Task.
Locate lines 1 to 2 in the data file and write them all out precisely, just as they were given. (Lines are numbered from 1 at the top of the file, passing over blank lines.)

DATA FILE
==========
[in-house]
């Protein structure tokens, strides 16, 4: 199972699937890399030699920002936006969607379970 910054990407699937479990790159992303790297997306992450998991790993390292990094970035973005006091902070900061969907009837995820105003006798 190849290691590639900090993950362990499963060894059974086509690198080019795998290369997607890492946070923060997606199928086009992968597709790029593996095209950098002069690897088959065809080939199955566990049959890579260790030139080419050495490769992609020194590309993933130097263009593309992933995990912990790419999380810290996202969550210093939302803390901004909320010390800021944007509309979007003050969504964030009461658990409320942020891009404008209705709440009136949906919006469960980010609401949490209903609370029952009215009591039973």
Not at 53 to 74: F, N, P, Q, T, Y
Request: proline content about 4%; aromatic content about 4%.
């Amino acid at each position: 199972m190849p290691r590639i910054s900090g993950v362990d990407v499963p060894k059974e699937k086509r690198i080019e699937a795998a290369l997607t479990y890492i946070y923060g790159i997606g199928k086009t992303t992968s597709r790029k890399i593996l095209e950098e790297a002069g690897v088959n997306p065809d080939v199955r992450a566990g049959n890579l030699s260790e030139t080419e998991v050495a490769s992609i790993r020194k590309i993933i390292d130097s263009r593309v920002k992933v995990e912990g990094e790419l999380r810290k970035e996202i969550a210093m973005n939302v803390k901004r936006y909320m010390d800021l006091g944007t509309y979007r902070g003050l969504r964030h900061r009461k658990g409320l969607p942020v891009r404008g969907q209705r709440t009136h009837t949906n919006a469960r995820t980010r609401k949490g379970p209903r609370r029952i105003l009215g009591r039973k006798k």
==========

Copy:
[in-house]
């Protein structure tokens, strides 16, 4: 199972699937890399030699920002936006969607379970 910054990407699937479990790159992303790297997306992450998991790993390292990094970035973005006091902070900061969907009837995820105003006798 190849290691590639900090993950362990499963060894059974086509690198080019795998290369997607890492946070923060997606199928086009992968597709790029593996095209950098002069690897088959065809080939199955566990049959890579260790030139080419050495490769992609020194590309993933130097263009593309992933995990912990790419999380810290996202969550210093939302803390901004909320010390800021944007509309979007003050969504964030009461658990409320942020891009404008209705709440009136949906919006469960980010609401949490209903609370029952009215009591039973």